What is the difference between someone’s name being on a title to a property versus being on a deed of trust?

Get Legal Help Today

 Secured with SHA-256 Encryption

What is the difference between someone’s name being on a title to a property versus being on a deed of trust?

My aunt, uncle, brother and sister live in a house together. He recently passed away leaving no Will behind. The house is paid off and there is supposedly was no mortgage. My uncle’s name is the only one on the title but my aunt’s name is on the original deed of trust along with my deceased uncle and deceased grandmother’s names. Does she own the home now just because her name is on the deed of trust? If my aunt is not sole owner of the home now then will the home go through probate because my uncle’s name was the only name on the title? How does this work?

Asked on December 26, 2011 under Real Estate Law, Missouri

Answers:

FreeAdvice Contributing Attorney / FreeAdvice Contributing Attorney

Answered 9 years ago | Contributor

A deed to a particular piece of property where someone is designated as the grantee means that the person who is the grantee owns the property as of the date of the deed.

A trust deed is evidence of a lien on the designated property securing a particular loan. The trustor on the trust deed is the person obligated on the trust deed and the beneficiary is the person who owns the loan secured by the trust deed.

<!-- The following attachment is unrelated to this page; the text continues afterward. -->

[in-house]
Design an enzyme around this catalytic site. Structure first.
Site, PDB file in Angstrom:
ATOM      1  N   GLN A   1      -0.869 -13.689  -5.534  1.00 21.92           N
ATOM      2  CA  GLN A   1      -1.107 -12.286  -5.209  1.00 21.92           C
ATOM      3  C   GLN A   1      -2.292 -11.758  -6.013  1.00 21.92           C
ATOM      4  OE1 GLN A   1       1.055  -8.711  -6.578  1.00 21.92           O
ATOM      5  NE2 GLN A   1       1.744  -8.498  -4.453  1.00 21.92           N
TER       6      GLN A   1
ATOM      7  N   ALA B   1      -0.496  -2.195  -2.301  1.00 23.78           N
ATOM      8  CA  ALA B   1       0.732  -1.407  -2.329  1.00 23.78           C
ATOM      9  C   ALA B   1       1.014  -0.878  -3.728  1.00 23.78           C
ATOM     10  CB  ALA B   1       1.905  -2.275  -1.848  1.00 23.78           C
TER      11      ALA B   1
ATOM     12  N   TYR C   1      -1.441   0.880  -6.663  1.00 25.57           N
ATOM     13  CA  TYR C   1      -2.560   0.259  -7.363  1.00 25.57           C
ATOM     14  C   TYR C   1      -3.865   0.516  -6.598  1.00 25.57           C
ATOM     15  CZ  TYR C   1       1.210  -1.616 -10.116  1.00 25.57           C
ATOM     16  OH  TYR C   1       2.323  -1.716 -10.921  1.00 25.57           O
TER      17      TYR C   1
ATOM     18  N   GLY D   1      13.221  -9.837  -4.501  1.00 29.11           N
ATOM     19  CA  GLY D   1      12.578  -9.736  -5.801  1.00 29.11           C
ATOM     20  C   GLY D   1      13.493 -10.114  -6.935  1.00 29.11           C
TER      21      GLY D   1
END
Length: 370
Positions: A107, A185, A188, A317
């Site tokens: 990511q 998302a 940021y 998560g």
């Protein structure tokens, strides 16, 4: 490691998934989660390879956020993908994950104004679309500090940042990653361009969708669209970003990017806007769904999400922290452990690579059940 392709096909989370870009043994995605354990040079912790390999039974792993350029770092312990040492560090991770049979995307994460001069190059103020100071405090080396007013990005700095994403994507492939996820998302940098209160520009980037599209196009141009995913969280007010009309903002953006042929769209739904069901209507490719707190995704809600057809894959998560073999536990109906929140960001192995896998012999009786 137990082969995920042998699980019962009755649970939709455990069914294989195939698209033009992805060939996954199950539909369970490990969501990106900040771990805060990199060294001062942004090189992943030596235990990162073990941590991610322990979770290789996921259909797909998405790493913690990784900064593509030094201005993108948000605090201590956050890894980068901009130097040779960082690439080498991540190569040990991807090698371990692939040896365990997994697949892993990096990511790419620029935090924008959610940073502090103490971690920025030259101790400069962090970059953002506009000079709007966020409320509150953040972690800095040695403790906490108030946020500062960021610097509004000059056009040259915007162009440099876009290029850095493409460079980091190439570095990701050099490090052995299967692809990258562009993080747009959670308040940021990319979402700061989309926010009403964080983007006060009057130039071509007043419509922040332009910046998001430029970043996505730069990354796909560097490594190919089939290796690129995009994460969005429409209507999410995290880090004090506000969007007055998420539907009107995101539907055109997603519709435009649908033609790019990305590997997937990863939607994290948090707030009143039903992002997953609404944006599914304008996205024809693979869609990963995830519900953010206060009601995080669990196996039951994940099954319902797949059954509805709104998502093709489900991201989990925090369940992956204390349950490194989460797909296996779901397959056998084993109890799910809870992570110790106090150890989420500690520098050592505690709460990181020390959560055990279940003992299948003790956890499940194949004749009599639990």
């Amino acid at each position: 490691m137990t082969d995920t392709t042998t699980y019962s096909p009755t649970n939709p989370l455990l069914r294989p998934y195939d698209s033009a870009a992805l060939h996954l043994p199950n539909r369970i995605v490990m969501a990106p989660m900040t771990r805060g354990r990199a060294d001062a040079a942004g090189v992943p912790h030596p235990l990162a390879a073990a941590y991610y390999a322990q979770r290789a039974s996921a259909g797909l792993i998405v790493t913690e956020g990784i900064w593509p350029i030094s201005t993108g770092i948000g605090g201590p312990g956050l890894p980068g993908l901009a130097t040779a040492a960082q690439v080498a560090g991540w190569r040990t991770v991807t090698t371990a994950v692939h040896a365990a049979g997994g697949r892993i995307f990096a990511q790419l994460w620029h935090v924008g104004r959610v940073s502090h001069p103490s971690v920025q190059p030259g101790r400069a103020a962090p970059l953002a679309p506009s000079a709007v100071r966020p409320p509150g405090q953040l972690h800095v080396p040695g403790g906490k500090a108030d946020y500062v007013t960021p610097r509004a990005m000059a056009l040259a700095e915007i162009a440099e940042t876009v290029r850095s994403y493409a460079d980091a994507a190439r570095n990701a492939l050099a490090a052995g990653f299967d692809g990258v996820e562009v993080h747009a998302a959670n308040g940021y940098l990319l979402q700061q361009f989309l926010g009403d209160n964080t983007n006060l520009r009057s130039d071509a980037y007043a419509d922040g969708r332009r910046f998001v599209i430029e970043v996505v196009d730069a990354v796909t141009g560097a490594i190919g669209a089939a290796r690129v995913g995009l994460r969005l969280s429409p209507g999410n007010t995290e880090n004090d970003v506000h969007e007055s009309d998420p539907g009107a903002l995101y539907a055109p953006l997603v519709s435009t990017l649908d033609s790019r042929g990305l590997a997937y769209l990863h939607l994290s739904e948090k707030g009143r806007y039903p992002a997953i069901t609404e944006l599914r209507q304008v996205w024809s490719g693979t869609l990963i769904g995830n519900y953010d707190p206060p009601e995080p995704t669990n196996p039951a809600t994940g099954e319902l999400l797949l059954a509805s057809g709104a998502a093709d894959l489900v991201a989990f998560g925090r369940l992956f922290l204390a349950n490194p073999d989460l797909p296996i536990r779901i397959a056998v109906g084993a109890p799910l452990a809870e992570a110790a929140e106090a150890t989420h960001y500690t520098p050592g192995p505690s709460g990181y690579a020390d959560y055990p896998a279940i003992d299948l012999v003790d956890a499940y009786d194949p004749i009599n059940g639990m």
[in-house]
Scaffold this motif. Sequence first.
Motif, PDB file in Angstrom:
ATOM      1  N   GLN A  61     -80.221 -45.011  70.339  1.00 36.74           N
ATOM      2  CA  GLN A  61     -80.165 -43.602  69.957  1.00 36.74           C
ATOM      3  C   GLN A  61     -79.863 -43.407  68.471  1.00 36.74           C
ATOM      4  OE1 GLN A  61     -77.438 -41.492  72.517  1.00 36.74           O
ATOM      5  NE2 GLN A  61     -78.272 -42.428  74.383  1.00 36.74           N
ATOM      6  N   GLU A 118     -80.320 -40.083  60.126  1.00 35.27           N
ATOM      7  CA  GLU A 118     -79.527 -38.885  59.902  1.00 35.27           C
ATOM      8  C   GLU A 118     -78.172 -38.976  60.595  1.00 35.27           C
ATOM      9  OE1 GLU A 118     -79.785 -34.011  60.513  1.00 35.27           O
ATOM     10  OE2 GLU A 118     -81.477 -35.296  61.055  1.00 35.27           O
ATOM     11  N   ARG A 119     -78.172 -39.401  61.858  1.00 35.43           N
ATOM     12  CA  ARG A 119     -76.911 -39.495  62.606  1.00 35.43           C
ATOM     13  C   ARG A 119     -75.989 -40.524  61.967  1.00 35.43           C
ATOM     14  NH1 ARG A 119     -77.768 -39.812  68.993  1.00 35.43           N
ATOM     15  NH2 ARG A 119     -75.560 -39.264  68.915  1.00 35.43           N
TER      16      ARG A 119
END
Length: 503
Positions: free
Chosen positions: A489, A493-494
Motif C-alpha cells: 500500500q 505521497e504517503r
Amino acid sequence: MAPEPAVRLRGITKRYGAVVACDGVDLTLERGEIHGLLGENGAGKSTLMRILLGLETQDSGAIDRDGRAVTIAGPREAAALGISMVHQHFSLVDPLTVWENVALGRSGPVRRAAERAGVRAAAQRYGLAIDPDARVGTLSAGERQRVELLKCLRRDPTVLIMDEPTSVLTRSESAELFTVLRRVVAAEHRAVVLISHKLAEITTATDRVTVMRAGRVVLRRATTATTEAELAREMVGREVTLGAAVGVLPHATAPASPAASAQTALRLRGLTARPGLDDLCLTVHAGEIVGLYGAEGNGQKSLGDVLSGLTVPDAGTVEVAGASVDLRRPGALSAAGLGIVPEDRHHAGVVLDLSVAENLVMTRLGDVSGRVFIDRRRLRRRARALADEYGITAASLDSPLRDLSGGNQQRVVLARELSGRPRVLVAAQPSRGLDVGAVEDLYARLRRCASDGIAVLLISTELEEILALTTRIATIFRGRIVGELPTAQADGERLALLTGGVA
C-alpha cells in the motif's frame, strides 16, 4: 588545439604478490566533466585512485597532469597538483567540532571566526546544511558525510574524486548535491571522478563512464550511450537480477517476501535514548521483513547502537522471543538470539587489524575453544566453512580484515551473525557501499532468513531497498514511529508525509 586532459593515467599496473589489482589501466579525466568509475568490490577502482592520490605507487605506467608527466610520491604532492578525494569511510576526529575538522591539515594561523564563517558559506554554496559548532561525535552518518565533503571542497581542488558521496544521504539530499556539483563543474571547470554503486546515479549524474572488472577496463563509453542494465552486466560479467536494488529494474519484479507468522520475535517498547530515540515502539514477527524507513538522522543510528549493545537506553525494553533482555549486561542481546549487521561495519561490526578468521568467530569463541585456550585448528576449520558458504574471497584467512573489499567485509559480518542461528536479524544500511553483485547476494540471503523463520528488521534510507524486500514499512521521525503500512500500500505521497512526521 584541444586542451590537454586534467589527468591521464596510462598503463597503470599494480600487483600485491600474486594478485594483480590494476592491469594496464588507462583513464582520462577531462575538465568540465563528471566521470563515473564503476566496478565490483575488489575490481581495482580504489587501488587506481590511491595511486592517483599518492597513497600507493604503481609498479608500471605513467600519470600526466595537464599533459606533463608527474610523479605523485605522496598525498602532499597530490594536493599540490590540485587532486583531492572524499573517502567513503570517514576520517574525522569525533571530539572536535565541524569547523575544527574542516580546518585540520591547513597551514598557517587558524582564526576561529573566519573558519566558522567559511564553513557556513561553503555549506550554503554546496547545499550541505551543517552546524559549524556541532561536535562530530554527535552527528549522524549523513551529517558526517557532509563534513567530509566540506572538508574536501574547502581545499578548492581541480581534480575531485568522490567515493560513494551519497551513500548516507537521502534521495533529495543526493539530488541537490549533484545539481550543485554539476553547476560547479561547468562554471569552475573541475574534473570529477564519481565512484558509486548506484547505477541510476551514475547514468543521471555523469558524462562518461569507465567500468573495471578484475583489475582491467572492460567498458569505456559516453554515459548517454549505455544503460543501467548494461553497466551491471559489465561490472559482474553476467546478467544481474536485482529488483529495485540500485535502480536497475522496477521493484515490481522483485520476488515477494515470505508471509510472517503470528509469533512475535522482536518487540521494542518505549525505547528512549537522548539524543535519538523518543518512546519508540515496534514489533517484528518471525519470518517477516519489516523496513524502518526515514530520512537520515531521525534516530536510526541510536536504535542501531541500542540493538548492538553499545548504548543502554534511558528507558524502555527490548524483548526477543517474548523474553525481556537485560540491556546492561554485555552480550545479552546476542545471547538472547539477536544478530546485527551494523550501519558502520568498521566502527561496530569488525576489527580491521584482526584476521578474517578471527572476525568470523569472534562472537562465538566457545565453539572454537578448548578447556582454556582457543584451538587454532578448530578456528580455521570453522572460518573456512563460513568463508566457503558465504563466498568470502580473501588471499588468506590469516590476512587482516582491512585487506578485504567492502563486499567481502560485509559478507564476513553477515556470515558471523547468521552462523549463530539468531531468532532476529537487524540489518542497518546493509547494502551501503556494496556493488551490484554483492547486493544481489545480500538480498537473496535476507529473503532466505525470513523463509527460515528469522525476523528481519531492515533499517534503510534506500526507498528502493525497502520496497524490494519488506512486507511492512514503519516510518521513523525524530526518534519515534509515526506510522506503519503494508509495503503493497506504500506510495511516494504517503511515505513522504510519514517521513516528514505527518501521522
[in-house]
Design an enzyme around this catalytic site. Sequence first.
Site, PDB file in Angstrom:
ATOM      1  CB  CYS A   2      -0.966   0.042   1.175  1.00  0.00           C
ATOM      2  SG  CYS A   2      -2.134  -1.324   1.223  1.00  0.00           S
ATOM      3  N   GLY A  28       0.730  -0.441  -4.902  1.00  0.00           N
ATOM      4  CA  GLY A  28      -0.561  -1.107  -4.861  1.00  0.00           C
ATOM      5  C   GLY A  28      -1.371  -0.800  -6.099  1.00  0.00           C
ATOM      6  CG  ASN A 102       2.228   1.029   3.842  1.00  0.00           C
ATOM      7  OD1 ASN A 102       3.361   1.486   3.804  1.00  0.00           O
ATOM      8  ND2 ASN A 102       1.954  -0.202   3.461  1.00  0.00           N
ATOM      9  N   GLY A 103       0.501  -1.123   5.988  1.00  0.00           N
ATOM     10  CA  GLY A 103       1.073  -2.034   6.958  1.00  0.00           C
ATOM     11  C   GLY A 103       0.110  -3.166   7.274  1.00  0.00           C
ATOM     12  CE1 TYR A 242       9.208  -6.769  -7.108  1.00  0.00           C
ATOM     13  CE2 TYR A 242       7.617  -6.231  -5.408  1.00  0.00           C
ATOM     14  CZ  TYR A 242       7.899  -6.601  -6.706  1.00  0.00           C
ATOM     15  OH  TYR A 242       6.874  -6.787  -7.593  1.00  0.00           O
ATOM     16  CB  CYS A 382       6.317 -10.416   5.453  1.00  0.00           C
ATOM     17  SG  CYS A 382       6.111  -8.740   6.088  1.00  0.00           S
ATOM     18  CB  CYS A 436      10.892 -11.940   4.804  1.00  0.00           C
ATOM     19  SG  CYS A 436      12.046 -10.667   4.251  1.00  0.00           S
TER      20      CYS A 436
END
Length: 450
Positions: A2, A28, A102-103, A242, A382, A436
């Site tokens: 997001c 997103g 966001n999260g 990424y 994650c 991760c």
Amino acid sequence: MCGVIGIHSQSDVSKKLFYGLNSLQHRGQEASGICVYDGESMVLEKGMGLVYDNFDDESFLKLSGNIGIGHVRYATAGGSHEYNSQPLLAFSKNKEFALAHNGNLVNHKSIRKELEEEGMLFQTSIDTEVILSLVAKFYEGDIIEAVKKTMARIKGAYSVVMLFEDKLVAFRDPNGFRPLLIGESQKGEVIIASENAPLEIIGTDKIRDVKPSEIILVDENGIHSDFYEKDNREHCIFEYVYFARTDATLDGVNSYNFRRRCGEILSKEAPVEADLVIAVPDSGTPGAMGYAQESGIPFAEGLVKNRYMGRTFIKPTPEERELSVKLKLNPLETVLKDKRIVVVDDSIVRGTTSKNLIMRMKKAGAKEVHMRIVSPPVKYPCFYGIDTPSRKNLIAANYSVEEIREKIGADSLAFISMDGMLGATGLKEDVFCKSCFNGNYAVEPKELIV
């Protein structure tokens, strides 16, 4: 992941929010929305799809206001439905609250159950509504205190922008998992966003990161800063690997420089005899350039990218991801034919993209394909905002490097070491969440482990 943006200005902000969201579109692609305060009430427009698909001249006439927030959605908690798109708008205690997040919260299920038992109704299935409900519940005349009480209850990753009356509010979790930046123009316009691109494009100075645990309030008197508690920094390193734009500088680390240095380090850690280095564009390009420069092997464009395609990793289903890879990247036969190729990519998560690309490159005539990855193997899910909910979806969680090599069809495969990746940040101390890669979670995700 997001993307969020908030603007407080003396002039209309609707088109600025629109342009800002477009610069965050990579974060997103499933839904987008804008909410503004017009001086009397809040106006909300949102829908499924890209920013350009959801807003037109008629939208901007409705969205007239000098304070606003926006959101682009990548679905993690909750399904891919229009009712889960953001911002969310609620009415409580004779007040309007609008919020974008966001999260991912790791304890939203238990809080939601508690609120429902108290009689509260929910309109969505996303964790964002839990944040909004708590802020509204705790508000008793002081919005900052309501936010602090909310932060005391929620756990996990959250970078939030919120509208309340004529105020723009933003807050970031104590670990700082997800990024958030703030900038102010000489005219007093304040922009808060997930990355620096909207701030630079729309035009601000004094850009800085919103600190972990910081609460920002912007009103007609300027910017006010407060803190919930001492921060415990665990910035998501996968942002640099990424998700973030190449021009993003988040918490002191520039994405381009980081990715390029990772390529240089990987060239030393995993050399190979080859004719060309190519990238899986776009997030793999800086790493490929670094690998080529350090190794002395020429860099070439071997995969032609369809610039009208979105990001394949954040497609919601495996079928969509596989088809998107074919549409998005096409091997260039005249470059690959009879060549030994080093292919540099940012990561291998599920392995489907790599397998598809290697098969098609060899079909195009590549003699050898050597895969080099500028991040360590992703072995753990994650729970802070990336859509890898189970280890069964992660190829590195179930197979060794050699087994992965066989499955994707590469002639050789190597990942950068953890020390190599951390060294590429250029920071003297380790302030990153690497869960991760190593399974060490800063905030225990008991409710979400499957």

If there is a full reconveyance of the trust deed later recorded on the designated property, it means that the loan secured by the property has been paid off. I suggest that you consult with a real estate attorney further to review the deed and trust deed you have written about.


IMPORTANT NOTICE: The Answer(s) provided above are for general information only. The attorney providing the answer was not serving as the attorney for the person submitting the question or in any attorney-client relationship with such person. Laws may vary from state to state, and sometimes change. Tiny variations in the facts, or a fact not set forth in a question, often can change a legal outcome or an attorney's conclusion. Although AttorneyPages.com has verified the attorney was admitted to practice law in at least one jurisdiction, he or she may not be authorized to practice law in the jurisdiction referred to in the question, nor is he or she necessarily experienced in the area of the law involved. Unlike the information in the Answer(s) above, upon which you should NOT rely, for personal advice you can rely upon we suggest you retain an attorney to represent you.

Get Legal Help Today

Find the right lawyer for your legal issue.

 Secured with SHA-256 Encryption